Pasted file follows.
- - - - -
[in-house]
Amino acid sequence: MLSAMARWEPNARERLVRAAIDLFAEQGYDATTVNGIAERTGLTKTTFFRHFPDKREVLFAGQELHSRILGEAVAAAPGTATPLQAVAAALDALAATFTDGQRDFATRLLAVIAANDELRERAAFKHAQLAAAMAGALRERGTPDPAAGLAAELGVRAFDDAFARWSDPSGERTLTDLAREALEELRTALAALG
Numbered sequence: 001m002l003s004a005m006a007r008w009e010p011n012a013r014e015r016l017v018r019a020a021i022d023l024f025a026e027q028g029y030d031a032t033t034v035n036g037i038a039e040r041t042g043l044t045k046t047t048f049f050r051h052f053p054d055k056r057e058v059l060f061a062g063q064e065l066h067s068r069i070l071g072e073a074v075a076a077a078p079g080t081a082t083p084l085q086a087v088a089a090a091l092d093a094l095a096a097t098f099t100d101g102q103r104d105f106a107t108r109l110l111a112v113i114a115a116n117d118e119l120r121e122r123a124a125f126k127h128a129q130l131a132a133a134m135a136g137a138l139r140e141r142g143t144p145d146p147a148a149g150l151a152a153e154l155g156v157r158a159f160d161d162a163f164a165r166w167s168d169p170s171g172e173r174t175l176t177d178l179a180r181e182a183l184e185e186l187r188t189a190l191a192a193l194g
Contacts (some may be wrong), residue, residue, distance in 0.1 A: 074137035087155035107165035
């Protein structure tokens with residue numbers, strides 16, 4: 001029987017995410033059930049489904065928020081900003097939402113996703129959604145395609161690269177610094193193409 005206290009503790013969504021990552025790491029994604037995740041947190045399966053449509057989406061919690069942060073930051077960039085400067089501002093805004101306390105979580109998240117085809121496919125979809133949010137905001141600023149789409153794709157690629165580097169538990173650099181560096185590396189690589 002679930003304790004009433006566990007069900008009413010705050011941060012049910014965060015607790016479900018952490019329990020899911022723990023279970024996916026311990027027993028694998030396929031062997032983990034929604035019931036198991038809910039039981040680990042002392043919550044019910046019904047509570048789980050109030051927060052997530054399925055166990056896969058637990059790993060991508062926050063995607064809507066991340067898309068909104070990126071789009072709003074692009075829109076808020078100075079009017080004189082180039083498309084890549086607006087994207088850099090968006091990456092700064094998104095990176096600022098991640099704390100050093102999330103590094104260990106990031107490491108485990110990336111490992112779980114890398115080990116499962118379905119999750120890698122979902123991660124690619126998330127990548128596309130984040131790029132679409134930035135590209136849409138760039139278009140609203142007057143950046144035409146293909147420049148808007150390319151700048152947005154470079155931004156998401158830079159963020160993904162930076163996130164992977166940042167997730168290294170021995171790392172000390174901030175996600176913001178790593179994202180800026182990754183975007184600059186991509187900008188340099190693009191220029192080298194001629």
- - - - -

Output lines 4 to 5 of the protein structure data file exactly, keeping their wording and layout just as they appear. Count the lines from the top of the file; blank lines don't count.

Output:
Contacts (some may be wrong), residue, residue, distance in 0.1 A: 074137035087155035107165035
């Protein structure tokens with residue numbers, strides 16, 4: 001029987017995410033059930049489904065928020081900003097939402113996703129959604145395609161690269177610094193193409 005206290009503790013969504021990552025790491029994604037995740041947190045399966053449509057989406061919690069942060073930051077960039085400067089501002093805004101306390105979580109998240117085809121496919125979809133949010137905001141600023149789409153794709157690629165580097169538990173650099181560096185590396189690589 002679930003304790004009433006566990007069900008009413010705050011941060012049910014965060015607790016479900018952490019329990020899911022723990023279970024996916026311990027027993028694998030396929031062997032983990034929604035019931036198991038809910039039981040680990042002392043919550044019910046019904047509570048789980050109030051927060052997530054399925055166990056896969058637990059790993060991508062926050063995607064809507066991340067898309068909104070990126071789009072709003074692009075829109076808020078100075079009017080004189082180039083498309084890549086607006087994207088850099090968006091990456092700064094998104095990176096600022098991640099704390100050093102999330103590094104260990106990031107490491108485990110990336111490992112779980114890398115080990116499962118379905119999750120890698122979902123991660124690619126998330127990548128596309130984040131790029132679409134930035135590209136849409138760039139278009140609203142007057143950046144035409146293909147420049148808007150390319151700048152947005154470079155931004156998401158830079159963020160993904162930076163996130164992977166940042167997730168290294170021995171790392172000390174901030175996600176913001178790593179994202180800026182990754183975007184600059186991509187900008188340099190693009191220029192080298194001629």